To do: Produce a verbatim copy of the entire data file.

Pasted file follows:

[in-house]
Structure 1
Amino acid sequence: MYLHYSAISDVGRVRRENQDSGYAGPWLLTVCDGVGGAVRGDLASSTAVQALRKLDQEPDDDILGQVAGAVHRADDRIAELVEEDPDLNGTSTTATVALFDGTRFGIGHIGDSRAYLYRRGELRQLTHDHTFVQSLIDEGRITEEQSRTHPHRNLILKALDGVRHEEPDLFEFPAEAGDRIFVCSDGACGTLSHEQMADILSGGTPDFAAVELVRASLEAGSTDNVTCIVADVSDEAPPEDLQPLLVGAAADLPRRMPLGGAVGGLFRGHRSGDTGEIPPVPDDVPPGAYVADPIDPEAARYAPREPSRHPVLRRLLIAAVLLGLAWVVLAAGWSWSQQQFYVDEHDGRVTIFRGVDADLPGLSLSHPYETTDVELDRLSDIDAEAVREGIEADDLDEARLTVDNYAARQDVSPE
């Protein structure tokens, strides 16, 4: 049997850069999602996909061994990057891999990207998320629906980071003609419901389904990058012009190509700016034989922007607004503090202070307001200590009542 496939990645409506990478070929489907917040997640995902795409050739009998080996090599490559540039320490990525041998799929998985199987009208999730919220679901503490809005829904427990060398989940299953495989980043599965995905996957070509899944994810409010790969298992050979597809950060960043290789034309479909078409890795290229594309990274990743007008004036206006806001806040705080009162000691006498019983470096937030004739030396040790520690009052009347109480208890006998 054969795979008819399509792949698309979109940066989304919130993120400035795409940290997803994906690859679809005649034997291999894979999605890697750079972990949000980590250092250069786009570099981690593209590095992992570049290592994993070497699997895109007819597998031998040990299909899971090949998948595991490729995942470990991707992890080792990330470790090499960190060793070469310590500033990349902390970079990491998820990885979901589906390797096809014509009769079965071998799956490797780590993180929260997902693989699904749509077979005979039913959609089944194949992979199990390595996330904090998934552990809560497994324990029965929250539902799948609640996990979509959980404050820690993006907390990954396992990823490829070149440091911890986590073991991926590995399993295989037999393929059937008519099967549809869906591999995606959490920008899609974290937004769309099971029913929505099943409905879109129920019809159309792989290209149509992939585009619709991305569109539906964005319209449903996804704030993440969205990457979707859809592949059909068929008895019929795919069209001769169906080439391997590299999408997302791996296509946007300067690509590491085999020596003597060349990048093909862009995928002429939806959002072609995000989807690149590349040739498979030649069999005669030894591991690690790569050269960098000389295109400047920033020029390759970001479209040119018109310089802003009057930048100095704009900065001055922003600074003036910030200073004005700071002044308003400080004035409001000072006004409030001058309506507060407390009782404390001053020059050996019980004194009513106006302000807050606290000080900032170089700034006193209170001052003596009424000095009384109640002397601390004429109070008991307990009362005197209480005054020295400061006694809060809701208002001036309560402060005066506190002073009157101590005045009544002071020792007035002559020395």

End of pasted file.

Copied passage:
[in-house]
Structure 1
Amino acid sequence: MYLHYSAISDVGRVRRENQDSGYAGPWLLTVCDGVGGAVRGDLASSTAVQALRKLDQEPDDDILGQVAGAVHRADDRIAELVEEDPDLNGTSTTATVALFDGTRFGIGHIGDSRAYLYRRGELRQLTHDHTFVQSLIDEGRITEEQSRTHPHRNLILKALDGVRHEEPDLFEFPAEAGDRIFVCSDGACGTLSHEQMADILSGGTPDFAAVELVRASLEAGSTDNVTCIVADVSDEAPPEDLQPLLVGAAADLPRRMPLGGAVGGLFRGHRSGDTGEIPPVPDDVPPGAYVADPIDPEAARYAPREPSRHPVLRRLLIAAVLLGLAWVVLAAGWSWSQQQFYVDEHDGRVTIFRGVDADLPGLSLSHPYETTDVELDRLSDIDAEAVREGIEADDLDEARLTVDNYAARQDVSPE
């Protein structure tokens, strides 16, 4: 049997850069999602996909061994990057891999990207998320629906980071003609419901389904990058012009190509700016034989922007607004503090202070307001200590009542 496939990645409506990478070929489907917040997640995902795409050739009998080996090599490559540039320490990525041998799929998985199987009208999730919220679901503490809005829904427990060398989940299953495989980043599965995905996957070509899944994810409010790969298992050979597809950060960043290789034309479909078409890795290229594309990274990743007008004036206006806001806040705080009162000691006498019983470096937030004739030396040790520690009052009347109480208890006998 054969795979008819399509792949698309979109940066989304919130993120400035795409940290997803994906690859679809005649034997291999894979999605890697750079972990949000980590250092250069786009570099981690593209590095992992570049290592994993070497699997895109007819597998031998040990299909899971090949998948595991490729995942470990991707992890080792990330470790090499960190060793070469310590500033990349902390970079990491998820990885979901589906390797096809014509009769079965071998799956490797780590993180929260997902693989699904749509077979005979039913959609089944194949992979199990390595996330904090998934552990809560497994324990029965929250539902799948609640996990979509959980404050820690993006907390990954396992990823490829070149440091911890986590073991991926590995399993295989037999393929059937008519099967549809869906591999995606959490920008899609974290937004769309099971029913929505099943409905879109129920019809159309792989290209149509992939585009619709991305569109539906964005319209449903996804704030993440969205990457979707859809592949059909068929008895019929795919069209001769169906080439391997590299999408997302791996296509946007300067690509590491085999020596003597060349990048093909862009995928002429939806959002072609995000989807690149590349040739498979030649069999005669030894591991690690790569050269960098000389295109400047920033020029390759970001479209040119018109310089802003009057930048100095704009900065001055922003600074003036910030200073004005700071002044308003400080004035409001000072006004409030001058309506507060407390009782404390001053020059050996019980004194009513106006302000807050606290000080900032170089700034006193209170001052003596009424000095009384109640002397601390004429109070008991307990009362005197209480005054020295400061006694809060809701208002001036309560402060005066506190002073009157101590005045009544002071020792007035002559020395």